Walking from Edinburgh to London: Bears and Vagabonds

It started out as a money thing, if I’m honest. On the simple basis that we didn’t have any.

1: How do two pretty broke-ass actors take a show to the Edinburgh Fringe festival on half a shoestring and still make an effective statement so as to satisfy an artistic desire?

Apparently we stumbled across the answer. Well I say stumbled, more like hiked determinedly for 5 weeks.

2. Do something else. Something bigger.

In May of this year that was more or less the inspiration behind myself and fellow actor Adam Courting deciding that for some reason it would not only be a good idea to devise a show around homelessness and social displacement, an issue that we are both passionate about, but to attempt to make a social statement about it while raising some well-deserved money and awareness for the cause. It was at this point I simply suggested, half expectantly to be shot down;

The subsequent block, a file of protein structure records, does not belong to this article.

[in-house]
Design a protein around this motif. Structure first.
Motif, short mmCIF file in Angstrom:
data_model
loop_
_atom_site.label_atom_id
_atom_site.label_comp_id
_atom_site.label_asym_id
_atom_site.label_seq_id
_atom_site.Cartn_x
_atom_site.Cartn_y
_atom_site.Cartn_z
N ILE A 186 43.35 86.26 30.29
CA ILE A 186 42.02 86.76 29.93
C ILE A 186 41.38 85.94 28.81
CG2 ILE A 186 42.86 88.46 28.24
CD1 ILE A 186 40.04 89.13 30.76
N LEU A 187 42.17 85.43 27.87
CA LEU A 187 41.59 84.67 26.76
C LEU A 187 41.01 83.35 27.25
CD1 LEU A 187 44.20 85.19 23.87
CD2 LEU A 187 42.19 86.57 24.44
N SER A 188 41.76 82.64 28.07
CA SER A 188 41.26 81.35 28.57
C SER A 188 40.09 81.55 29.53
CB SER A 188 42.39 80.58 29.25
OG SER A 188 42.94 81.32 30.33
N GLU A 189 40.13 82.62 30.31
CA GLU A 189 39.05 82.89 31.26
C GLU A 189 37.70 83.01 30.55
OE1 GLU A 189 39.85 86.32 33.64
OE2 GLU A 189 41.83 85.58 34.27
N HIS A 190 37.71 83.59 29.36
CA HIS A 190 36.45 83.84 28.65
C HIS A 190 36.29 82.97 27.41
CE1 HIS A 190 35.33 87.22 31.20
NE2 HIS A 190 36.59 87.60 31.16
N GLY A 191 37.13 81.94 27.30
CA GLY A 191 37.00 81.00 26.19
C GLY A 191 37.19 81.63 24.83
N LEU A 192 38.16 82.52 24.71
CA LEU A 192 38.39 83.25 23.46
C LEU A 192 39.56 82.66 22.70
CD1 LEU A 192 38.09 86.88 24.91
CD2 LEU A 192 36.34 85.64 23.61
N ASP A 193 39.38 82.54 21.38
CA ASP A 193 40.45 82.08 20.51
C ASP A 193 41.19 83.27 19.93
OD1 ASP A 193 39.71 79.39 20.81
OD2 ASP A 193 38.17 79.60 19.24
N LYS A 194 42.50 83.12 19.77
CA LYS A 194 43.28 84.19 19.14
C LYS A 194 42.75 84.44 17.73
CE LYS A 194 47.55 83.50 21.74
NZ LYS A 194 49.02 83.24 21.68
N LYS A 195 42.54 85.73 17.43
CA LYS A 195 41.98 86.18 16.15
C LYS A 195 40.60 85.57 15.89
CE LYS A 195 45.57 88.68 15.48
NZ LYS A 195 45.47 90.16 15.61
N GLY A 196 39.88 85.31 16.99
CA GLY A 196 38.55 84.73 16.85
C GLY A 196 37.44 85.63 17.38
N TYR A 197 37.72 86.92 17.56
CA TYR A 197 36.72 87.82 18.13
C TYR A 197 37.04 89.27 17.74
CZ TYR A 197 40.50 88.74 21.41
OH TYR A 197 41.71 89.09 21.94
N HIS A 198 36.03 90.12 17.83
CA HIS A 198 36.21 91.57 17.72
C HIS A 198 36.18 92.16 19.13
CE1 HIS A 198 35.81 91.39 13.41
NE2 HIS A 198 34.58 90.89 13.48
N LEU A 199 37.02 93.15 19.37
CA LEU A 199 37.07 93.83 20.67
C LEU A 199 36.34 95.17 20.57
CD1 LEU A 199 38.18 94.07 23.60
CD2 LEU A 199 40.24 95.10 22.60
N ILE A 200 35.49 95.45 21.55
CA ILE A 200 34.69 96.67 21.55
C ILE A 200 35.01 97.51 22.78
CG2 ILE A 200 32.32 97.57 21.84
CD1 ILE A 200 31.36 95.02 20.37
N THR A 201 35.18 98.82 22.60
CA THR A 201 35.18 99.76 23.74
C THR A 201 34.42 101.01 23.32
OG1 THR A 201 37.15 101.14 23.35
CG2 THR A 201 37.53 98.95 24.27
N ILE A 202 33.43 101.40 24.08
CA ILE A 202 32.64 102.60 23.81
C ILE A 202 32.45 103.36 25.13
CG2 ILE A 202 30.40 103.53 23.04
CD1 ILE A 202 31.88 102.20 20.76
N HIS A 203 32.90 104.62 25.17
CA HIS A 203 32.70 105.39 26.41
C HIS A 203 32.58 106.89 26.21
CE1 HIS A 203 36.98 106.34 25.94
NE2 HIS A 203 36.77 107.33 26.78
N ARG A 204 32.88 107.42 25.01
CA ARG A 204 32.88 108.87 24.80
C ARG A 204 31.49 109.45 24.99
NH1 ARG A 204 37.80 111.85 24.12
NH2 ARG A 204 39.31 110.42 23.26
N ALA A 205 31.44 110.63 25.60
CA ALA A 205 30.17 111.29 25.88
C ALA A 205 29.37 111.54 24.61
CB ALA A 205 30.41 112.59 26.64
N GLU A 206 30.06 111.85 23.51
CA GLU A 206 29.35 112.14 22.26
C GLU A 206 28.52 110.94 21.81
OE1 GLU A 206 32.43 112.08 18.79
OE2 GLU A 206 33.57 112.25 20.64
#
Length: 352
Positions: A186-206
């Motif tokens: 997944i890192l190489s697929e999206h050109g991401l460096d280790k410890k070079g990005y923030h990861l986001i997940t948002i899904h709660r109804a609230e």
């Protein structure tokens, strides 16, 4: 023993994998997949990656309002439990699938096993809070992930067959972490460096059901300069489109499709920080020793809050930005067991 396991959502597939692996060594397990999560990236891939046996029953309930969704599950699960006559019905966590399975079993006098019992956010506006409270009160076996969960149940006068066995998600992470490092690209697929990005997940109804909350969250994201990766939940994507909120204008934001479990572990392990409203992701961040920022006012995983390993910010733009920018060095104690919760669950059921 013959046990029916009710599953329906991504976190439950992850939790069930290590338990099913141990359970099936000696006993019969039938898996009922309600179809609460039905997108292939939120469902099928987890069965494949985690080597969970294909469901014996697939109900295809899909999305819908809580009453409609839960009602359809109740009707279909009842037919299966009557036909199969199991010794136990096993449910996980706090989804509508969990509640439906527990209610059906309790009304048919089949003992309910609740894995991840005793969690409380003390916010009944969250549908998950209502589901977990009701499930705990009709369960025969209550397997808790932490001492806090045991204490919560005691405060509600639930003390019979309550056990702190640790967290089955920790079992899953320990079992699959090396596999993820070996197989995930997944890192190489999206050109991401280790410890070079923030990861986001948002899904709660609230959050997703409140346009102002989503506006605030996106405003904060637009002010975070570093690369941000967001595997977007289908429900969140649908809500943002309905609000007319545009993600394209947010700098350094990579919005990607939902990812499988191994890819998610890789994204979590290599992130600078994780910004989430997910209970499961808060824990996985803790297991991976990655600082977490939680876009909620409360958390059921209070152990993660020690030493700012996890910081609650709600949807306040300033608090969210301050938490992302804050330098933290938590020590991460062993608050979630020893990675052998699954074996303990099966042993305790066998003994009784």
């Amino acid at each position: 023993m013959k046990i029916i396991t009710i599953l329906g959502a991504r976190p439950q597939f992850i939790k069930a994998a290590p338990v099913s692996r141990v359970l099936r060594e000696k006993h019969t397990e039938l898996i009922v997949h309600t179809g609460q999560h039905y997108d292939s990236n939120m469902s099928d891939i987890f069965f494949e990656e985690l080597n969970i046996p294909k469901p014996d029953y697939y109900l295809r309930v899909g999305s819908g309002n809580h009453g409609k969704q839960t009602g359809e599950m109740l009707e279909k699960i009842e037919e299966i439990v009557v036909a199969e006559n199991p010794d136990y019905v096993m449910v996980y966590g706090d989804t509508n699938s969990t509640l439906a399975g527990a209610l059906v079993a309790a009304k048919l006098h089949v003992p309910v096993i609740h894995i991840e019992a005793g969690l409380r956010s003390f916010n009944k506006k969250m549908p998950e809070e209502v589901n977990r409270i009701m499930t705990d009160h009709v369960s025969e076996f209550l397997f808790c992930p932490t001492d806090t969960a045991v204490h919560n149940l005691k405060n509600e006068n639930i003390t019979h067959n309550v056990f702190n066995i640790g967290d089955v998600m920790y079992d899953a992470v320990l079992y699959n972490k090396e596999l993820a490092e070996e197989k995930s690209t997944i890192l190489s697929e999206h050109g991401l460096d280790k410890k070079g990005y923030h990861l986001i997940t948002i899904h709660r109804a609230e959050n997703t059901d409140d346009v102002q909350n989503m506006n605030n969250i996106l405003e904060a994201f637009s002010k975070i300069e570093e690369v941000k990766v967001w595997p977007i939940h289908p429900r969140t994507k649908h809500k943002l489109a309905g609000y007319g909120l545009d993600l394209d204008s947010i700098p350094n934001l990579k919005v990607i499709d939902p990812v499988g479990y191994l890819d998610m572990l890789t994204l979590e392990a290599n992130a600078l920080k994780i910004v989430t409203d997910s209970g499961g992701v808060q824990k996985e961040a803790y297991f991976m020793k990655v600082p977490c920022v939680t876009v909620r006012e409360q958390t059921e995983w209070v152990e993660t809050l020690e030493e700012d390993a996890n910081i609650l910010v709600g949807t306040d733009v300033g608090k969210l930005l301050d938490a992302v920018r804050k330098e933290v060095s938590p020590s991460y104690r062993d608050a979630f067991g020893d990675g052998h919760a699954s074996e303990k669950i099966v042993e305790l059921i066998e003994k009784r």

“shall we walk?”

“alright then”.

Over the next three months we not only put together a show, we talked to charities, stared at maps, built an itinerary, trained as much as we could, and generally panicked at how quickly time was passing.

Somehow a simple wish to go to the fringe had turned into something else entirely. And it was so much more. We were about to start a two month, one-thousand-mile journey. Walking from London to Edinburgh, whilst pushing a shopping trolley containing our lives the whole way. Afterwards, we were to perform a full run at the fringe, and then walk back. Camping out for the entire process.

 

And boy did it come round quickly.